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16. Vench Learns Something
Jim and Terry noted with some astonishment that Don failed to attend any of his classes that morning. They were aware of the fact that he contemplated going to the major and asking for a change in his schedule, but why he had not appeared during the course of the first class they did not know. As the second and the third class came and Don had not appeared, they found themselves growing anxious.

After the third period Jim ran up to their room, to see if Don had become ill, but he was not there. His hat and overcoat were both gone, a circumstance which caused some lively speculation. He was not there at dinnertime, and after their last period Jim and Terry hunted up the major and asked him about Don.

The major looked interested and tapped his glasses on his thumb. “He was coming here to see me about a change in lessons, eh?” asked the major. “But, gentlemen, he never did come here. I haven’t seen him at all. You say his overcoat and hat are gone?”

“Yes, sir,” replied Jim.

“How very odd,” commented the major. “He certainly wouldn’t have left the building without permission, and no one gave him that, I’m sure. Wait until I call Captain Chalmers.”

Captain Chalmers had not given Don permission to go anywhere, it developed. The major was more puzzled than ever. He went to their room with them and looked about carefully, but nothing was found.

“This is most unexpected and disturbing,” declared the major. “We must find out from town if any of the cadets were seen there.”

A telephone call to town failed to lead to the discovery of the missing boy. It was with anxious hearts that Jim and Terry went to the supper table that night.

The news of Don’s strange disappearance spread over the school like wildfire and the cadets dropped in to see Jim and express their sympathy and their determination to help if possible. It was on that evening that one lone clue was discovered. A man who worked in the kitchen told Chipps that he had seen Don go out the back door and head for the lake. Jim and Terry went to see this man, but he had no news but what he had told Chipps.

“He had on his hat and his overcoat,” the man told Jim. “And he went down to the boathouse. That’s all I saw of him. I only noticed it because I thought it was funny he wasn’t in class. I don’t know if he went into the boathouse or not.”

The major dropped in to tell them that he had put off his business trip until Don should be found. Jim thanked him for his interest and thought.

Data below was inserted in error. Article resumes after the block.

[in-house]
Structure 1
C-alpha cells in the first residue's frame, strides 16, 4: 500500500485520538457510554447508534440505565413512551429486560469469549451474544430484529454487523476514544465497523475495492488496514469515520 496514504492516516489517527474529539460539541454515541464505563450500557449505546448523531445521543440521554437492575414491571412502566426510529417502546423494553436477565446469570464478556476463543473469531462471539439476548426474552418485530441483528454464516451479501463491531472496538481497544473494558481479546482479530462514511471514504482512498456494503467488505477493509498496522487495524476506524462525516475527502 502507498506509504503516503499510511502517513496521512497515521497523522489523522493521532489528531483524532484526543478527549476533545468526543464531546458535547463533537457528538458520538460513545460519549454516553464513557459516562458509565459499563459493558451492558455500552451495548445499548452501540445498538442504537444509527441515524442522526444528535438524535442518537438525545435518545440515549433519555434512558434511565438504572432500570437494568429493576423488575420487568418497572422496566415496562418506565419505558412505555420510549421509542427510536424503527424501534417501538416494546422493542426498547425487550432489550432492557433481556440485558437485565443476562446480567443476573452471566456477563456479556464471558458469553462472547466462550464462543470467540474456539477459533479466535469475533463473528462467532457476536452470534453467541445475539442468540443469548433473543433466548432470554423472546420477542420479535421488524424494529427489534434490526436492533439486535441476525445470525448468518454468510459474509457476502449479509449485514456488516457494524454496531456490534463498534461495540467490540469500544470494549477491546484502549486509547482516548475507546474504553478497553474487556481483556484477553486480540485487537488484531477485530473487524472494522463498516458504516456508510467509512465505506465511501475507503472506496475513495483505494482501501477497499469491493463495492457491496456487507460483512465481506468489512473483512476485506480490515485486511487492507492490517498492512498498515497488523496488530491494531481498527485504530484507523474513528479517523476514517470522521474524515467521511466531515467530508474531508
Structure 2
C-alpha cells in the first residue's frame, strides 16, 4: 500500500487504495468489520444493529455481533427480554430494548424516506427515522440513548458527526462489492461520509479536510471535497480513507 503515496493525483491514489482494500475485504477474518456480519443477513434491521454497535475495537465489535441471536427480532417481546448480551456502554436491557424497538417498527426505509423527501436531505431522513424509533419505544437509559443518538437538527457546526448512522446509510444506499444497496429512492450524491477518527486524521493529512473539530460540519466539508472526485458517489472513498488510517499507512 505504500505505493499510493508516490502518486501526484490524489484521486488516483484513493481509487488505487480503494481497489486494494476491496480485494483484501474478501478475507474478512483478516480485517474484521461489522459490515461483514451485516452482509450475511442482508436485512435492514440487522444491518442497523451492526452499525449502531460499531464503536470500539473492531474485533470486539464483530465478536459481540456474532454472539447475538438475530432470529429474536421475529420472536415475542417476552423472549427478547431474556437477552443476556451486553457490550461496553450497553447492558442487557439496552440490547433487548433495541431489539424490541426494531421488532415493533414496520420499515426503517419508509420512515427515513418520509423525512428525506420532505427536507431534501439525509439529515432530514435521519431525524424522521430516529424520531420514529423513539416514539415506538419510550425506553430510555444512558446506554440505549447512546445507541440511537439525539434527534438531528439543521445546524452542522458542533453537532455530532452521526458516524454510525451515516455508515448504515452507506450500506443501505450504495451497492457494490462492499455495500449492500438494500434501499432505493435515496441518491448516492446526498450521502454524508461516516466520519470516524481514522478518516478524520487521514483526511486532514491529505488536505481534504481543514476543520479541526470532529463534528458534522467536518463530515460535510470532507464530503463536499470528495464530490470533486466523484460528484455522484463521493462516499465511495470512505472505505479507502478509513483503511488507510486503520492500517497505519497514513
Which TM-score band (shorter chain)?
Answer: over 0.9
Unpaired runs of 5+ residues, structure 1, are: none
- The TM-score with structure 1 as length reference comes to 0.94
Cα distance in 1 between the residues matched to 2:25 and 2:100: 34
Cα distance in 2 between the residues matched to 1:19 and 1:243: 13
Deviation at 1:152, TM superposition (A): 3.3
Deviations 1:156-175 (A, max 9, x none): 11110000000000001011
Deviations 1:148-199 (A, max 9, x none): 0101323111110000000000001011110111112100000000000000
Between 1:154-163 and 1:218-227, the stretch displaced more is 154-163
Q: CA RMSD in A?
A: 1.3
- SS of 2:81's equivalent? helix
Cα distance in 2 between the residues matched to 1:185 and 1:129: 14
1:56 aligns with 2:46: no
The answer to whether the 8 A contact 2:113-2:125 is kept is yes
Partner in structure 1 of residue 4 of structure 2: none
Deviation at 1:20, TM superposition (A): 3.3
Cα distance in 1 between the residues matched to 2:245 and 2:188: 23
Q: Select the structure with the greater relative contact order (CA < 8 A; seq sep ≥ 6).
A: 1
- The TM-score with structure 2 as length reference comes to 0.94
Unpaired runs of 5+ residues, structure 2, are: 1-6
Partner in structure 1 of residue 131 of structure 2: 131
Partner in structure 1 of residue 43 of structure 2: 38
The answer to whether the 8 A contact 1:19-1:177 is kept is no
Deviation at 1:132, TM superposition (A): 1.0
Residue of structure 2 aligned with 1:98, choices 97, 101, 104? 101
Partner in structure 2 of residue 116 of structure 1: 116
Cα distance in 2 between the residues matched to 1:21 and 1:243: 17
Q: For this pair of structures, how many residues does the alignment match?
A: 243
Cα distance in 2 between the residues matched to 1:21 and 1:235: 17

“Oh, nonsense,” protested the major, waving his hand. “I’m deeply interested in all of my boys, and of course I wouldn’t rest easily until he had been found.”

The light fall of snow, which the boys had looked forward to with eagerness, was disregarded in their new anxiety. It made the school and its surrounding hills a picture of beauty, but the boys were not in a mood to enjoy it. After a restless night Jim and Terry again attended classes, but they did poorly and the instructors said nothing about it, knowing the strain the young men were under. During noon recess Rhodes, Jim and Terry decided to push a vigorous search as soon as classes were over.

“It seems to me,” argued the senior, “that we might be able to pick up some tracks somewhere in this snow. We don’t know how far he could have gotten before the snow, but if he was traveling after it did begin to come down there are tracks somewhere and we’ll try to find ’em. They may be across the lake.”

“What would he be doing across the lake?” Jim asked.

Rhodes shrugged his Shoulders. “What did he go away for?” he asked. “No one knows, but we do know that he went toward the lake, at least toward the boathouse. The very first thing we’ll find out after classes is whether or not a boat was taken from the boathouse. I don’t know what he would cross the lake for but he may have and we can make a good attempt to find out.”

Every cadet in the school had Don’s disappearance on his mind and no one was more puzzled and interested than Cadet Vench. He turned the problem over and over in his mind and he longed to be of service. Back in his head the idea was firmly seated that he should be the one to find the missing cadet. That would give him a chance to even his score with Jim for his heroic act at Hill 31, and Vench decided to put his whole mind and energy to the problem.

As soon as classes had ended that day Vench put on his overcoat and walked swiftly to the lake. It had not occurred to him to check up on the boats to see if one had been taken, but he planned to scour the edge of the lakefront in both directions. He was now walking along the shore away from the school, wholly absorbed in watching the snow-covered ground, when he heard his name called. Even as he glanced up he knew that the voice was unfamiliar and had a slight accent to it. Then, a few yards before him he saw the man who had cut him dead in the drugstore, Paul Morro.

Instinctively, Vench stiffened and grew cold. Morro had evidently been taking a walk around the lake path and the meeting was quite accidental, and Vench, who knew Morro’s love for nature in all aspects, could readily guess that the Frenchman was walking merely for the sheer pleasure of the day and the prospect of the magnificent view. Comparing the attitude of the man on the previous meeting to his friendly attitude now, there was something to wonder about. Vench was astonished that his friend of former days should so readily hail him. Vench bowed distantly.

Morro strode forward and held out his hand. “How do you do, Raoul?” greeted Morro impulsively. Then, seeing that Vench had no intention of taking his hand the artist hurried on, “My dear friend, forgive me for not speaking to you the last time I saw you. It was so totally unexpected, so much of a shock, that I could not speak or collect my wits. Won’t you forget ............
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